The Sneaky Way Fast Food Restaurants Are Targeting Your Kids
When restrictions were finally placed on fast-food restaurant advertisements aimed at Australian children, it was thought to be a powerful step forward in the battle against child obesity for national Public Health. After all, it’s well established that advertising unhealthy food to children is a public no-no.
Enter the blurry line between advertising and entertainment: the smart phone app.
Fast-food restaurant apps that promote discount food and giveaways are not classified as ads. They’re able to side-step current self-regulated advertising restrictions such as the Responsible Children‘s Marketing Initiative and hone in on their real target market: children.
Shake & Win
Here in Australia, we have many popular apps that are essentially an advertisement hidden behind an interactive game. For example, you can play Hungry Jack‘s Shake & Win, which generates vouchers for free or discounted food when users shake their phone at any Hungry Jack’s store.
There’s also KFC‘s Snack! In the Face app, a simple game which culminates in almost every player receiving a free snack at the end. This includes vouchers for bacon rollers, nuggets or popcorn chicken. What’s more, they can even be ‘gifted’ to friends via Facebook.
Jane Martin, executive manager of the Obesity Policy Coalition, told Medical Observer: “It is hard for children to tell the difference between advertising and entertainment – this is advertising dressed up as entertainment. There are a lot of loopholes.”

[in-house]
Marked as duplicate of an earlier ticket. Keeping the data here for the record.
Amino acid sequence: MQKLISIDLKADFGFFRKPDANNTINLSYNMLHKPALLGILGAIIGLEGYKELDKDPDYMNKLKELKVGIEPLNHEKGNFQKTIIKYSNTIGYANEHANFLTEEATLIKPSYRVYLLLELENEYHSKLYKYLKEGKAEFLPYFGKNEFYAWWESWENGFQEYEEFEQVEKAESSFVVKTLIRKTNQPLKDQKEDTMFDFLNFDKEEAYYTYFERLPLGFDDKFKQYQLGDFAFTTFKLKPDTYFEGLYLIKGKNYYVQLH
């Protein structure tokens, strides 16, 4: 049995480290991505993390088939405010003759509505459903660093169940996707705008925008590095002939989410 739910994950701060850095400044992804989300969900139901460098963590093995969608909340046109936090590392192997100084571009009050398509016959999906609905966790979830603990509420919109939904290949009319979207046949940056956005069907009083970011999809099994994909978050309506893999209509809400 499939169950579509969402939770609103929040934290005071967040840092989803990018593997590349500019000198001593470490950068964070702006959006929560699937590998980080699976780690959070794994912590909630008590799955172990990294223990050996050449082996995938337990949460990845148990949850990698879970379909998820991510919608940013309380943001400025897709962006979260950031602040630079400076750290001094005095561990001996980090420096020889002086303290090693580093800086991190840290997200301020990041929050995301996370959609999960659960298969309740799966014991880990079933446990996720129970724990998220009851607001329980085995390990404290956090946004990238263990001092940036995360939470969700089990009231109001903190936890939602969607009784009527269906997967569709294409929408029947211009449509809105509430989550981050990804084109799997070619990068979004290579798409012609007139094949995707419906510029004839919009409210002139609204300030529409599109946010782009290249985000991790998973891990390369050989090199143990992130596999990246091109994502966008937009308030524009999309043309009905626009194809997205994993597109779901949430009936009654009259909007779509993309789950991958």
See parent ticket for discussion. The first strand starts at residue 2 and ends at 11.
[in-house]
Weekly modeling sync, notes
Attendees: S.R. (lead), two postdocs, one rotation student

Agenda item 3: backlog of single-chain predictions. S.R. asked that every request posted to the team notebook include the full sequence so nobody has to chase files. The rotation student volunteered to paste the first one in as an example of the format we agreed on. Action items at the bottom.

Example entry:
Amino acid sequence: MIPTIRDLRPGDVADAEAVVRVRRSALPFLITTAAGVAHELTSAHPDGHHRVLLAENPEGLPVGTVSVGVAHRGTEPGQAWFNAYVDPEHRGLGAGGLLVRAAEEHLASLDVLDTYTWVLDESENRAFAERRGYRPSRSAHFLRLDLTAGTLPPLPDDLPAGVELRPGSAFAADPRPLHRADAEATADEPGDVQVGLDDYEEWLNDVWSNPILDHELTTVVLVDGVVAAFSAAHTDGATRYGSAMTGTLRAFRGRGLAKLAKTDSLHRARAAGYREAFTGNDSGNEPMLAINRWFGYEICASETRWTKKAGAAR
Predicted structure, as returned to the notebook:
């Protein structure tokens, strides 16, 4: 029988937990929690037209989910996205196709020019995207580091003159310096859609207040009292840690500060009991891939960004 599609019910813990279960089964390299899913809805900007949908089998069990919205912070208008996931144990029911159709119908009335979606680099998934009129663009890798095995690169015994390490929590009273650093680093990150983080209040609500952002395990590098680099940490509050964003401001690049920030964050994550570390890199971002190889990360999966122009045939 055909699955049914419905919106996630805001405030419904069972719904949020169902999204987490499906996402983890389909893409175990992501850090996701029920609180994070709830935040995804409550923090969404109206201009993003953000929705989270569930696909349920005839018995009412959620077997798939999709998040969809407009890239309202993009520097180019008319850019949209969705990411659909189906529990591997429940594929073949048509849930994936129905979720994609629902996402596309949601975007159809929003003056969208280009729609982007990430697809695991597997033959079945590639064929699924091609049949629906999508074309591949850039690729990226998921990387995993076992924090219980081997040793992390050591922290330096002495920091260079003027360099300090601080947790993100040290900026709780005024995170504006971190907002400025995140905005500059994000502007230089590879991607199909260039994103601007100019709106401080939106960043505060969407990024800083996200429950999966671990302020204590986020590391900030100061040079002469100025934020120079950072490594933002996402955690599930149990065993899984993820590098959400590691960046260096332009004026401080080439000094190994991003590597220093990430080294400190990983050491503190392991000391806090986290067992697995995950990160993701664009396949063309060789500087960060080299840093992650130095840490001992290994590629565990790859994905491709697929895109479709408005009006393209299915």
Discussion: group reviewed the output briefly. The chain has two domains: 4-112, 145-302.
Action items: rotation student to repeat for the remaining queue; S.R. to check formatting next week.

The KFC app’s disclaimer says downloads are restricted to players 14 years and older. For some reason in this country 14 years of age is no longer classified as a child with regards to advertising.
Apps Designed to Get Teens Hooked
In 2012, the Shake & Win app’s predecessor, known as Hungry Jacks Makes it Better, had a 15-year old hooked. The obese teen was a patient of pediatric Dietitian Caroline Trickey.
“When we talk about children we inlcude adolescents, and certainly most adolescents have a smartphone and are into apps like that,” she said to the Daily Telegraph.
Her patient would reportedly use it on the way home from school with friends every day. Invariably one of them would win some free food each afternoon.
Ms. Trickey went on to say, “We know that developing an overweight issue in adolescence carries through into adulthood, so while the app may not be targeted at primary school-age children, adolescents will still definitely be targeted, and it’s still irresponsible.”
The reason companies are and will continue to get away with such unethical marketing practices is due to the fact that current advertising restrictions are ‘self-regulated.’ Asking fast-food companies to do the right thing by the public, rather than shareholders was never going to be successful.
According to Choice research, independent surveys in Europe, Asia, North America and Australia have all found that self-regulation by the food and beverage industries has made little impact on the amount of advertising seen by kids in the last five years.
Conveniently however, The Australian Food and Grocery Council has argued that self-regulation is a success.
The food and beverage industry continually argue that responsible parents should educate their kids about eating unhealthy food in moderation as part of a balanced diet and lifestyle. Too bad they undermine parents every step of the way by creating app games, sponsoring children’s sports, investing in viral marketing and spamming social media — all with the goal of influencing your child’s preferences.
What are your thoughts? Are fast-food companies bending the rules here with game apps, or playing fair?
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